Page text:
TOKYO (Reuters) - Shares of Toshiba Corp (6502.T) rose 1.2 percent on Monday after a company source said it was planning to abandon its HD DVD format, allowing the Blu-ray technology backed by Sony Corp (6758.T) to become the standard for the next-generation DVD.
Shares of Sony opened up 1.65 percent at 4,930 yen, while Matsushita Electric Industrial (6752.T), a key Blu-ray supporter, fell 0.7 percent.
A source at Toshiba told Reuters on Saturday that the electronics conglomerate was planning to give up on the HD DVD format after losing the support of several movie studios including Warner Brothers and key retailers. <ID:nL16431844>
Toshiba, which led a consortium promoting HD DVD, would suffer losses of hundreds of millions of dollars to scrap production of its equipment and other steps to withdraw from the business after losing out to the Blu-ray camp headed by Sony, Japanese public broadcaster NHK reported.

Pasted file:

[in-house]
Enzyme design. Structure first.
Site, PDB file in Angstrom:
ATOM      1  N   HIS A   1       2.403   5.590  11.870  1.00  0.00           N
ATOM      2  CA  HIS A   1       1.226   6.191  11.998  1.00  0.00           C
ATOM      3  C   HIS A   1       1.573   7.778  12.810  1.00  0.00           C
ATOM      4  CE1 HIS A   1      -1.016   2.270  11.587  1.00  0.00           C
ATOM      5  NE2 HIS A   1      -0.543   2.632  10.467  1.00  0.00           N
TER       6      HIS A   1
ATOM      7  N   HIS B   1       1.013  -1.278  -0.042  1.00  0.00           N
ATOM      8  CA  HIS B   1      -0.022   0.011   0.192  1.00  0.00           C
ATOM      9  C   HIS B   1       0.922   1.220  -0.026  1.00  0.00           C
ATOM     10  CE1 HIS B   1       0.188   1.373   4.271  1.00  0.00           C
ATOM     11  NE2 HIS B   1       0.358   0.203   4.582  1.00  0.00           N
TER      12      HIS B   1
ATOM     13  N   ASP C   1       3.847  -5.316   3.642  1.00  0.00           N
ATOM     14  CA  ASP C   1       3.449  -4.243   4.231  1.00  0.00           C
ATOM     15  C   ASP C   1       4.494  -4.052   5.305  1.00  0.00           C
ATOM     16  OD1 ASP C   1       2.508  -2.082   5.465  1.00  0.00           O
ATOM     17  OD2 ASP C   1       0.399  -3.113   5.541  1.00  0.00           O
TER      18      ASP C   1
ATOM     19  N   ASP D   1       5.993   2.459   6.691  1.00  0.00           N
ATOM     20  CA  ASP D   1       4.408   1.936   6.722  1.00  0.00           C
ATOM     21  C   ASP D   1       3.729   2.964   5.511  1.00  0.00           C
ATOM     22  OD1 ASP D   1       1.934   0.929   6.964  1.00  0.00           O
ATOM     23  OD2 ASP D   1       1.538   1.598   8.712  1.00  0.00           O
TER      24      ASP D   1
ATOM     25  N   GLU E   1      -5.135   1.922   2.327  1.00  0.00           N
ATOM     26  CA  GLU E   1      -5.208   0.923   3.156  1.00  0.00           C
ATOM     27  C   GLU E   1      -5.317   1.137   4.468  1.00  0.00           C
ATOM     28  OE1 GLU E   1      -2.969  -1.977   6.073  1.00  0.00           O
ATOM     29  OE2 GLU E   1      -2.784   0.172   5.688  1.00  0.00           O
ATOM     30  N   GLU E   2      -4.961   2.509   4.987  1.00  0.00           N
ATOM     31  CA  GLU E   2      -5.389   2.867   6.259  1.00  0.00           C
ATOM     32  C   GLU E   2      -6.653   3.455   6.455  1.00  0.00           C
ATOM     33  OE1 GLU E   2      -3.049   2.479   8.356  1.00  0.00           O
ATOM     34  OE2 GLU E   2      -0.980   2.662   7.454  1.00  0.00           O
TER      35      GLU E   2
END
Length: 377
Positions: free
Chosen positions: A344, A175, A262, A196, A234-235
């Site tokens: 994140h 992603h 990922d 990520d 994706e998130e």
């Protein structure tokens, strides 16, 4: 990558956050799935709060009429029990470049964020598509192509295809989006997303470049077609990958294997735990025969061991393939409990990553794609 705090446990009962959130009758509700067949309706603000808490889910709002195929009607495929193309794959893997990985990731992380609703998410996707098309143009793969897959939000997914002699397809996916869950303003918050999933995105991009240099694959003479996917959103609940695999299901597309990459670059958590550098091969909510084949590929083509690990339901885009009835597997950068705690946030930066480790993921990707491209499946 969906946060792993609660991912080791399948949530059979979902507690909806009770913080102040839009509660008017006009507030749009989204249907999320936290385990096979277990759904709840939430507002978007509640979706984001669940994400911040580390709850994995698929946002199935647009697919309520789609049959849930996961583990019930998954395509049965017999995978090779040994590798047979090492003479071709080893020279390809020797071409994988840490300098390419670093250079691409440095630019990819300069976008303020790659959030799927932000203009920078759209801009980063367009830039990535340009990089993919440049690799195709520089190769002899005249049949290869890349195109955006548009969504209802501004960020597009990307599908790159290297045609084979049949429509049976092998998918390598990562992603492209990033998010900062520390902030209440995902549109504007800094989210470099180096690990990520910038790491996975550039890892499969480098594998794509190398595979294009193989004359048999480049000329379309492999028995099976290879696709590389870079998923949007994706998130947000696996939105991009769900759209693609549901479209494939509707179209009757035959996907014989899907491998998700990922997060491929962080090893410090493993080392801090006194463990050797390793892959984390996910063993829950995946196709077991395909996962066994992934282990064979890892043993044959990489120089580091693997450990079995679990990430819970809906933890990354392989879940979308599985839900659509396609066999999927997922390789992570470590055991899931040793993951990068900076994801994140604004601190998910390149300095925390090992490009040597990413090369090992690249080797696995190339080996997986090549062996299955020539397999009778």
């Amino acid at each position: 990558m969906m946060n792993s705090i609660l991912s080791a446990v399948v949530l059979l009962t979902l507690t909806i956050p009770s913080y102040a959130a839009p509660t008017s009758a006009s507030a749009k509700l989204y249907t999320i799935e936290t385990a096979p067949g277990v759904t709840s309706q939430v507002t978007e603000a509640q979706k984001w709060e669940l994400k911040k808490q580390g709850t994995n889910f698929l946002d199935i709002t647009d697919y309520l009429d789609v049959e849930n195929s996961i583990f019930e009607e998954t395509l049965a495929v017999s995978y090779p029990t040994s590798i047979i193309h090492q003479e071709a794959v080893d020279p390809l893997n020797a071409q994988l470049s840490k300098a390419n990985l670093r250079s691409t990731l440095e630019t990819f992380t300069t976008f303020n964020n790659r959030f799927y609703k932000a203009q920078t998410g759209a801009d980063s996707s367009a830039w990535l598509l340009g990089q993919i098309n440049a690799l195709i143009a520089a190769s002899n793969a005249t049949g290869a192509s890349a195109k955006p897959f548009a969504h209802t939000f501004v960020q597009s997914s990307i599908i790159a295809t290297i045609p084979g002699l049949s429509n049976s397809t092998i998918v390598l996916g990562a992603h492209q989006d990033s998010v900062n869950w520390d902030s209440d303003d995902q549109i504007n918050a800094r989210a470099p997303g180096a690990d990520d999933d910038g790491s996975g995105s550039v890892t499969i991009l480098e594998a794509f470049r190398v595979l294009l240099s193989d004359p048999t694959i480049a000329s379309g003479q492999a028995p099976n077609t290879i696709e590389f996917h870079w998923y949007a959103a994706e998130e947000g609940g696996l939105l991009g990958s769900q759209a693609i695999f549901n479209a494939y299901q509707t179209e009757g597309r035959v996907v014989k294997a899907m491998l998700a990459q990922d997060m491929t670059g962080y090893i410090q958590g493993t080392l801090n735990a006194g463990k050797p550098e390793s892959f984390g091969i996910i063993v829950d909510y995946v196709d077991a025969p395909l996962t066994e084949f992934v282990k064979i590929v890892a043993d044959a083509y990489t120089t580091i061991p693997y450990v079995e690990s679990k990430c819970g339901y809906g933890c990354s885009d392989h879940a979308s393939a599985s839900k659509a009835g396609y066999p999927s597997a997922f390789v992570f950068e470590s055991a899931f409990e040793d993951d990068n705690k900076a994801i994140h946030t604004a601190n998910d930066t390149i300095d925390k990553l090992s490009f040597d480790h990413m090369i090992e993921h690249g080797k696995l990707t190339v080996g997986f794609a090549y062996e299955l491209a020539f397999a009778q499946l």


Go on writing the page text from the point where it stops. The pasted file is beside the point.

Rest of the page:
While keen on a new format DVD that can hold more content and produce higher-quality pictures, movie studios and retailers want a single format that would avoid the cost of producing and stocking two different types of DVD.
Shoppers, faced with two formats and movies that might only play on one or the other, have tended to buy neither at a time when the entertainment industry was hoping the new generation discs would revive the $24 billion home DVD sector.
An end to the war means consumers can now be sure they won't be stuck with a 21st century equivalent of Betamax -- Sony's videotape technology that lost out to VHS in the 1980s.
Shares of Toshiba were up 1.2 percent at 794 yen as of 0002 GMT after opening up 0.3 percent. The benchmark Nikkei average .N225 was up 0.1 percent.